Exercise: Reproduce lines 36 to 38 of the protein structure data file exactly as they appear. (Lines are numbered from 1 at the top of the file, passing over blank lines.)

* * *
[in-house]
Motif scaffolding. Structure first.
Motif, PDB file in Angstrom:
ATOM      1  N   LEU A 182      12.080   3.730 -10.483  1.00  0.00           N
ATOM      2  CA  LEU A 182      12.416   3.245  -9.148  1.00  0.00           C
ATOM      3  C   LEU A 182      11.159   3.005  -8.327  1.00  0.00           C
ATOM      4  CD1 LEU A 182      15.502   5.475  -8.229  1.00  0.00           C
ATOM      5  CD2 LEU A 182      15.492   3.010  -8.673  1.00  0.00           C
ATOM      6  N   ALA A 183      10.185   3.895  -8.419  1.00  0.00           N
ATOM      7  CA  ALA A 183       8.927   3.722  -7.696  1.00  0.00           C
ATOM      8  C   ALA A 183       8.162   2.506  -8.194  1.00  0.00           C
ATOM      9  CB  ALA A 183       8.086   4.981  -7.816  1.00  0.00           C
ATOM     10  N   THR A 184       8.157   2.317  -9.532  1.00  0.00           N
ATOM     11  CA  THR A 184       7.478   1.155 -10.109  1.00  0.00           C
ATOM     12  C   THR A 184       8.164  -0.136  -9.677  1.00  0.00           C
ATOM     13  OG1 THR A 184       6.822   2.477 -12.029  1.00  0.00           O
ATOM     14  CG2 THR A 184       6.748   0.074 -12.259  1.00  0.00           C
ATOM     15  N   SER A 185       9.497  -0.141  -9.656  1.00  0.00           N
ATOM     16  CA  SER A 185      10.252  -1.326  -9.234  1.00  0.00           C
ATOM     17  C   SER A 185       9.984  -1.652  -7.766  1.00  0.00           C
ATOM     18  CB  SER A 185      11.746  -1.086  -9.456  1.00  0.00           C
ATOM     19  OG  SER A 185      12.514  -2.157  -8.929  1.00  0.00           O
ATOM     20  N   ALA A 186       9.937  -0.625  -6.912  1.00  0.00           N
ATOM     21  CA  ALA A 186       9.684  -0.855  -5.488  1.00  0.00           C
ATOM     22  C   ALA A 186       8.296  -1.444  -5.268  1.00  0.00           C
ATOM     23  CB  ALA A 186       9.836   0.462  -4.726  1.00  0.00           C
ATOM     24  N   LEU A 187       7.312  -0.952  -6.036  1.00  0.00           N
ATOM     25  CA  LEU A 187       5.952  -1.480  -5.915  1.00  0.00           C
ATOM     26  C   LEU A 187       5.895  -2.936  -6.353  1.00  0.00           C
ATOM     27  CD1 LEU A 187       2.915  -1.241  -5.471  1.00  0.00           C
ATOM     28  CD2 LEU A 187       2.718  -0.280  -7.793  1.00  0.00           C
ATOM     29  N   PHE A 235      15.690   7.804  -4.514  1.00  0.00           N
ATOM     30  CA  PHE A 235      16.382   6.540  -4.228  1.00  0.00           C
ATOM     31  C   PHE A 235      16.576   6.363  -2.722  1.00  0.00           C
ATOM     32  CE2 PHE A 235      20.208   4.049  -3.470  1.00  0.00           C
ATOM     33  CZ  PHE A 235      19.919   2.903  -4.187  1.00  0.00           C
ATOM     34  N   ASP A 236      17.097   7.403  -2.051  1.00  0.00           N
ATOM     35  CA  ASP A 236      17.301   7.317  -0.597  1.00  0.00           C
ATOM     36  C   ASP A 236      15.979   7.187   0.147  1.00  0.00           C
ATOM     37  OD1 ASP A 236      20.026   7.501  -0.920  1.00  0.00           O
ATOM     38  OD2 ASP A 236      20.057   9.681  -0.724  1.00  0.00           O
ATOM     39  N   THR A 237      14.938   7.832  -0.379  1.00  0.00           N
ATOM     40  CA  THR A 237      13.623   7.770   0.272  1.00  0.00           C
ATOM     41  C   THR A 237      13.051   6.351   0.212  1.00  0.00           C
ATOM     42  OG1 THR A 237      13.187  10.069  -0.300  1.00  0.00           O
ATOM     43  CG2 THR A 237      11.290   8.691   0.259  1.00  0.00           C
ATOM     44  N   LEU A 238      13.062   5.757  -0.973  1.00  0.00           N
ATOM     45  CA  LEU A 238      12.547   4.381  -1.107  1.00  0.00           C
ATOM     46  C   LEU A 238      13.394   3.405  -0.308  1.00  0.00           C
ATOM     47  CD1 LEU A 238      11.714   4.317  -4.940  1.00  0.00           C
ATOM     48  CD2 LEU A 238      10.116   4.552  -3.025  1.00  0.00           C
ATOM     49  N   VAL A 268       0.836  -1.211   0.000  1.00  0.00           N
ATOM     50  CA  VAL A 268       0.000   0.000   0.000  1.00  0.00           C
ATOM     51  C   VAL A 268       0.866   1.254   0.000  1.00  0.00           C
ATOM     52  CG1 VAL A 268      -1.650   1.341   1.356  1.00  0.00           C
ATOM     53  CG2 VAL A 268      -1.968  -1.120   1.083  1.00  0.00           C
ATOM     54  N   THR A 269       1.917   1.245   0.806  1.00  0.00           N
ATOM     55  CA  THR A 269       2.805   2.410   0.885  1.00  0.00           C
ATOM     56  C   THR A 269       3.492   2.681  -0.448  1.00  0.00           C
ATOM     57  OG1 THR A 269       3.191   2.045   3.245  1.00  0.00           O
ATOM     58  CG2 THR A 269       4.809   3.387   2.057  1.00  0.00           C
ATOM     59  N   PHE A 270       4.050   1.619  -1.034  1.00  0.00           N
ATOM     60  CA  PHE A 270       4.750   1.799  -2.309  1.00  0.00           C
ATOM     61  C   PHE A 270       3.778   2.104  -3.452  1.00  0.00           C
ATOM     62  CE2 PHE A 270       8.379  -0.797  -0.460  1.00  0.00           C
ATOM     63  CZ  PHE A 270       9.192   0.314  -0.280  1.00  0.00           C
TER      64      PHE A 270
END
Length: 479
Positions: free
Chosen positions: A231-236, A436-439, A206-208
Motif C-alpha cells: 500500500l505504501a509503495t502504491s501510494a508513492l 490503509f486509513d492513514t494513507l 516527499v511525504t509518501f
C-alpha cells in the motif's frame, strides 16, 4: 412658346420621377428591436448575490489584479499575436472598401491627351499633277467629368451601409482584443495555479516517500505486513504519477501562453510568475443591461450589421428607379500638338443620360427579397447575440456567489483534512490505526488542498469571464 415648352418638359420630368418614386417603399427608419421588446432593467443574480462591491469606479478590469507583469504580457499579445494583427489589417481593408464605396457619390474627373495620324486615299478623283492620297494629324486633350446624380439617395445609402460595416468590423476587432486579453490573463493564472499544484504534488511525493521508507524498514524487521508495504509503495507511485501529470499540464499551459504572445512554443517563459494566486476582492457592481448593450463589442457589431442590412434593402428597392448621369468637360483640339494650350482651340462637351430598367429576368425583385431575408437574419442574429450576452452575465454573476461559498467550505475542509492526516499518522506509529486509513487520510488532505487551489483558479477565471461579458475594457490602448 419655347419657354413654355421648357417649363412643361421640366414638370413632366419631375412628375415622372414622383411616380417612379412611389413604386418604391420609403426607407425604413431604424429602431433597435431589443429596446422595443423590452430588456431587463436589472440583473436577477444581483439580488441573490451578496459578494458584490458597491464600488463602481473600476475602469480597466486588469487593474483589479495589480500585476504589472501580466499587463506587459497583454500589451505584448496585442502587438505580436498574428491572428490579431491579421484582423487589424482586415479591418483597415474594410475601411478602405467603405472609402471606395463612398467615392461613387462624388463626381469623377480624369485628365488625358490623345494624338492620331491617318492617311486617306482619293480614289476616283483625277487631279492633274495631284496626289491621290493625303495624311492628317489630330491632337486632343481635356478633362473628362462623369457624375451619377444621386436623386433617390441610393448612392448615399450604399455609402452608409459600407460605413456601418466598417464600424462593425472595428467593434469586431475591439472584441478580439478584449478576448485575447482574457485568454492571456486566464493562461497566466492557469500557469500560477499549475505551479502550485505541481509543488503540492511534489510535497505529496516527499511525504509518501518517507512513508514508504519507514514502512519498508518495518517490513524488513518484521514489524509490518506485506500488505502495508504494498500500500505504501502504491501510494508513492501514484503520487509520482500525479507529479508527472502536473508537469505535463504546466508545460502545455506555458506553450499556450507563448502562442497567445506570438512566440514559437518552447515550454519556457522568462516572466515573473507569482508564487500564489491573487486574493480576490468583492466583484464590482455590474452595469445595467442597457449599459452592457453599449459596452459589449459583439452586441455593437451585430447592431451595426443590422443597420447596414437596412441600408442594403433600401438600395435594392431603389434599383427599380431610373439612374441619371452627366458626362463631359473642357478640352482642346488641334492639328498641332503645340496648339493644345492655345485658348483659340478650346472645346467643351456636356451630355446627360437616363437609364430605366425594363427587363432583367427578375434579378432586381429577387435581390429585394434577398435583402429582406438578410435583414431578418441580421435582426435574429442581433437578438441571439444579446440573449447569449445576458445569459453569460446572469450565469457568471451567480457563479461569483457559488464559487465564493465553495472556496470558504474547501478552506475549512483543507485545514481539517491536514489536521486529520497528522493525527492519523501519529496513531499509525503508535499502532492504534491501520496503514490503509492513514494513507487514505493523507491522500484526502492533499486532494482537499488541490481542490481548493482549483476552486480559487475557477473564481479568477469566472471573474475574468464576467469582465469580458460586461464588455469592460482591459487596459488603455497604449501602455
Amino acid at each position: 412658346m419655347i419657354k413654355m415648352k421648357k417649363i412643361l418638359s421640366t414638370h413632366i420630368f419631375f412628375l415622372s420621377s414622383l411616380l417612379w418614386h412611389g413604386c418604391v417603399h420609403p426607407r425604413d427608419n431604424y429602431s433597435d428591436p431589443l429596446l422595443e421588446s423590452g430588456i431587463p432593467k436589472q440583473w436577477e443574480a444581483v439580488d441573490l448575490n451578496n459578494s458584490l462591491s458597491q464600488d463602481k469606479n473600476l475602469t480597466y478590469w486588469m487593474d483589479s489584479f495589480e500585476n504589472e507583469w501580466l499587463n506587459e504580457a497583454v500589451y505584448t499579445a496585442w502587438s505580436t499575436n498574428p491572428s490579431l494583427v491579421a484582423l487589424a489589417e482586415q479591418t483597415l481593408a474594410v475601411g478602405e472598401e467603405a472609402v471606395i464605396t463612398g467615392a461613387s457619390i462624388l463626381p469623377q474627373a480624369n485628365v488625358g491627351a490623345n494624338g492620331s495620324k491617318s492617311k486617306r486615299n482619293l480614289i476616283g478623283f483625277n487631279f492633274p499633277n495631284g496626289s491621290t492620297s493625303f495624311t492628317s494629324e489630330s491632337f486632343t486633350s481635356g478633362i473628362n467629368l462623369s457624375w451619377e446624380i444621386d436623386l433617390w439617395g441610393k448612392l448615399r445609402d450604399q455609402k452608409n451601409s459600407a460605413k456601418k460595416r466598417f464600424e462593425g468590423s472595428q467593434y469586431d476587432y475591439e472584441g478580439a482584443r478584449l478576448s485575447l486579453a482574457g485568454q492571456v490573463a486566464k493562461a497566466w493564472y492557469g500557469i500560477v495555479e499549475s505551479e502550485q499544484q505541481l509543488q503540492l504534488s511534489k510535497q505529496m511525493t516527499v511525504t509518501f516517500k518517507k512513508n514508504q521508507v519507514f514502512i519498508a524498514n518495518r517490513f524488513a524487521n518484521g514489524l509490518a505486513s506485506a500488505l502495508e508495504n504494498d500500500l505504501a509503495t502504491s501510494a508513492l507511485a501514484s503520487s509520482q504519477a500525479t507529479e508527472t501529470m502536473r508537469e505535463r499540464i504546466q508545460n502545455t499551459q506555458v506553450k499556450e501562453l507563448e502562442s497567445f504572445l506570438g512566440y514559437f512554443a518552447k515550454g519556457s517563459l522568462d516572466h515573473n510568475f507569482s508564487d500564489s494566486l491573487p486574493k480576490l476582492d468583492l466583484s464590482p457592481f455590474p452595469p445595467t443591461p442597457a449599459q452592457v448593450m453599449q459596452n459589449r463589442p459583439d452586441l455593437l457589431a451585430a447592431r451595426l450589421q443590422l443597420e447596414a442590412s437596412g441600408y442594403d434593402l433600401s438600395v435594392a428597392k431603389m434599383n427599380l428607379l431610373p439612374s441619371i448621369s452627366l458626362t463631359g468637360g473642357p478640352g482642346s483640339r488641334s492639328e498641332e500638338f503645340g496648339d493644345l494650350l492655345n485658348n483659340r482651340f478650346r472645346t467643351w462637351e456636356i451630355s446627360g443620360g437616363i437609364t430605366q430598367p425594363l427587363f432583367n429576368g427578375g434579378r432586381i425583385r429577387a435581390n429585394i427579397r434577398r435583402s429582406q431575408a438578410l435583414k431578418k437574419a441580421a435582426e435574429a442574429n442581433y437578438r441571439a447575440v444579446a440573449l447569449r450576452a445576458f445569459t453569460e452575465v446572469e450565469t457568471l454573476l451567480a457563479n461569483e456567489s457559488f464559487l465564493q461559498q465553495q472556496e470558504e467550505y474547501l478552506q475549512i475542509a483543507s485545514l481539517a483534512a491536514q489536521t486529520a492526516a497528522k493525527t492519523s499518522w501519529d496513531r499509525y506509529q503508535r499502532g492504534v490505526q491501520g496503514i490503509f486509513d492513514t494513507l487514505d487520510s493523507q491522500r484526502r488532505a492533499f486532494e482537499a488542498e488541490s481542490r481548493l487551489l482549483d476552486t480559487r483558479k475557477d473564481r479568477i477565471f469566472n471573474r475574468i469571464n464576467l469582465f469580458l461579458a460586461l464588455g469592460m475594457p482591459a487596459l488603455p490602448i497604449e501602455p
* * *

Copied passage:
ATOM     33  CZ  PHE A 235      19.919   2.903  -4.187  1.00  0.00           C
ATOM     34  N   ASP A 236      17.097   7.403  -2.051  1.00  0.00           N
ATOM     35  CA  ASP A 236      17.301   7.317  -0.597  1.00  0.00           C